Study for Homage to the Square, c.1964
By Josef Albers
Item #: 10225907A
Ship time indicates the typical time it takes for your item(s) to leave our facilities. This includes any framing or customizing services ordered as well as careful packaging to prevent damage in transit.
Items that ship same day normally leave our facilities on the same business day if your order is placed before 5:00pm EST.
Orders that contain multiple items with different ship times will be shipped out based on the item with the longest ship time.
Photos To ART
Decorate with photos you love. With Photos to Art, you can transform your favorite snapshots into one-of-a-kind works of art that you’ll be proud to hang on your wall. Choose from artistic canvas, custom framing, wood mounting and more to update your décor with art that is totally you.
- The Print
- The Artist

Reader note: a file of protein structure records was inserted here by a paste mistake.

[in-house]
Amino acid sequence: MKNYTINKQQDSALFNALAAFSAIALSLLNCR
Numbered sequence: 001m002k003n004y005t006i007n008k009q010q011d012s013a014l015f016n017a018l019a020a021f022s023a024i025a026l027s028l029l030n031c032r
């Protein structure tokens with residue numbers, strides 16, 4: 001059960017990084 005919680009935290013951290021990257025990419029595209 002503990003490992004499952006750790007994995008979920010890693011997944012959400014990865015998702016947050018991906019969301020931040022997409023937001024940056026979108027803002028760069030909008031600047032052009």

“Study for Homage to the Square, 1964” by Josef Albers explores color’s fascinating, chameleon-like changes in relation to its surrounding shades. Albers (1888 – 1976) believed that color is not inert, but alive and constantly reacting to its environment. A German artist, mathematician and professor at the prestigious Bauhaus, Albers is best known as an abstract painter and theorist who created the “Homage to the Square” series, comprised of hundreds of paintings and prints. In this series, he intensely explored chromatic interactions of layered, colored squares. Widely exhibited and acclaimed, Albers’ work profoundly influenced Hard Edge painters, Op artists and conceptual artists.
Josef Albers (1888 – 1976) was an exceptional German artist who pioneered groundbreaking color concepts. Albers theorized that colors are alive, not static, and their shades are influenced by surrounding hues. Also a mathematician and professor at the esteemed Bauhaus, Albers is best known as an abstract painter who created the “Homage to the Square” series, comprised of hundreds of paintings and prints. These dynamic works explored the chromatic interactions between layered, colored squares. Albers’ acclaimed art, which has been exhibited worldwide, significantly influenced the Hard Edge movement, Op Artists and conceptual artists.
Recommended For You
- You'll Like